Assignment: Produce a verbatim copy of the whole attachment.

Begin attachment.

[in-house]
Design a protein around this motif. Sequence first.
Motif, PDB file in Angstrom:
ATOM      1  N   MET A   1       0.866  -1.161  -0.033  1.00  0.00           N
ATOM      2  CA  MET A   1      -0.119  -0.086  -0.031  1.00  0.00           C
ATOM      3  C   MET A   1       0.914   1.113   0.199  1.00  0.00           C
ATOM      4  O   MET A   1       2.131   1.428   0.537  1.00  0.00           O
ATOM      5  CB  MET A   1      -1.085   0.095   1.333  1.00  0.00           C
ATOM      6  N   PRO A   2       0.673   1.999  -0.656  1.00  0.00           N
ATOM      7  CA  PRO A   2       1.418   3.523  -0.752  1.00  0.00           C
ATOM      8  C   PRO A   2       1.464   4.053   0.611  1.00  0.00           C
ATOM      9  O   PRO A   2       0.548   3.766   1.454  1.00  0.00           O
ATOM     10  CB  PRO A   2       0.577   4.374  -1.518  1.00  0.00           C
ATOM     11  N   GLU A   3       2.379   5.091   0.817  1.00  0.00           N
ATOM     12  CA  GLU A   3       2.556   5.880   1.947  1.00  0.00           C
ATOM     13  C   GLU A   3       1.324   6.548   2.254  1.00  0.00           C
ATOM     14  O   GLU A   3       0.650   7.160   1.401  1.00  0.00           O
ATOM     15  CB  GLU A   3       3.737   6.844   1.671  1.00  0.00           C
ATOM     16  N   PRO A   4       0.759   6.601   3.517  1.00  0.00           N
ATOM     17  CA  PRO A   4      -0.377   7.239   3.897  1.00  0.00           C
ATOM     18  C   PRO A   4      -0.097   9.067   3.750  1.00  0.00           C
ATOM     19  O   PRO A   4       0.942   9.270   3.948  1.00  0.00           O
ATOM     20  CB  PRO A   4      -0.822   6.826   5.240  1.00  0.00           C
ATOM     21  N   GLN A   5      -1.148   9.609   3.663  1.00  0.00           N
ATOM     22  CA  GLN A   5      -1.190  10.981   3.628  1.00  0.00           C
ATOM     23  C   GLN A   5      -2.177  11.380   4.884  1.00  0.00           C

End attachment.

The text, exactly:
[in-house]
Design a protein around this motif. Sequence first.
Motif, PDB file in Angstrom:
ATOM      1  N   MET A   1       0.866  -1.161  -0.033  1.00  0.00           N
ATOM      2  CA  MET A   1      -0.119  -0.086  -0.031  1.00  0.00           C
ATOM      3  C   MET A   1       0.914   1.113   0.199  1.00  0.00           C
ATOM      4  O   MET A   1       2.131   1.428   0.537  1.00  0.00           O
ATOM      5  CB  MET A   1      -1.085   0.095   1.333  1.00  0.00           C
ATOM      6  N   PRO A   2       0.673   1.999  -0.656  1.00  0.00           N
ATOM      7  CA  PRO A   2       1.418   3.523  -0.752  1.00  0.00           C
ATOM      8  C   PRO A   2       1.464   4.053   0.611  1.00  0.00           C
ATOM      9  O   PRO A   2       0.548   3.766   1.454  1.00  0.00           O
ATOM     10  CB  PRO A   2       0.577   4.374  -1.518  1.00  0.00           C
ATOM     11  N   GLU A   3       2.379   5.091   0.817  1.00  0.00           N
ATOM     12  CA  GLU A   3       2.556   5.880   1.947  1.00  0.00           C
ATOM     13  C   GLU A   3       1.324   6.548   2.254  1.00  0.00           C
ATOM     14  O   GLU A   3       0.650   7.160   1.401  1.00  0.00           O
ATOM     15  CB  GLU A   3       3.737   6.844   1.671  1.00  0.00           C
ATOM     16  N   PRO A   4       0.759   6.601   3.517  1.00  0.00           N
ATOM     17  CA  PRO A   4      -0.377   7.239   3.897  1.00  0.00           C
ATOM     18  C   PRO A   4      -0.097   9.067   3.750  1.00  0.00           C
ATOM     19  O   PRO A   4       0.942   9.270   3.948  1.00  0.00           O
ATOM     20  CB  PRO A   4      -0.822   6.826   5.240  1.00  0.00           C
ATOM     21  N   GLN A   5      -1.148   9.609   3.663  1.00  0.00           N
ATOM     22  CA  GLN A   5      -1.190  10.981   3.628  1.00  0.00           C
ATOM     23  C   GLN A   5      -2.177  11.380   4.884  1.00  0.00           C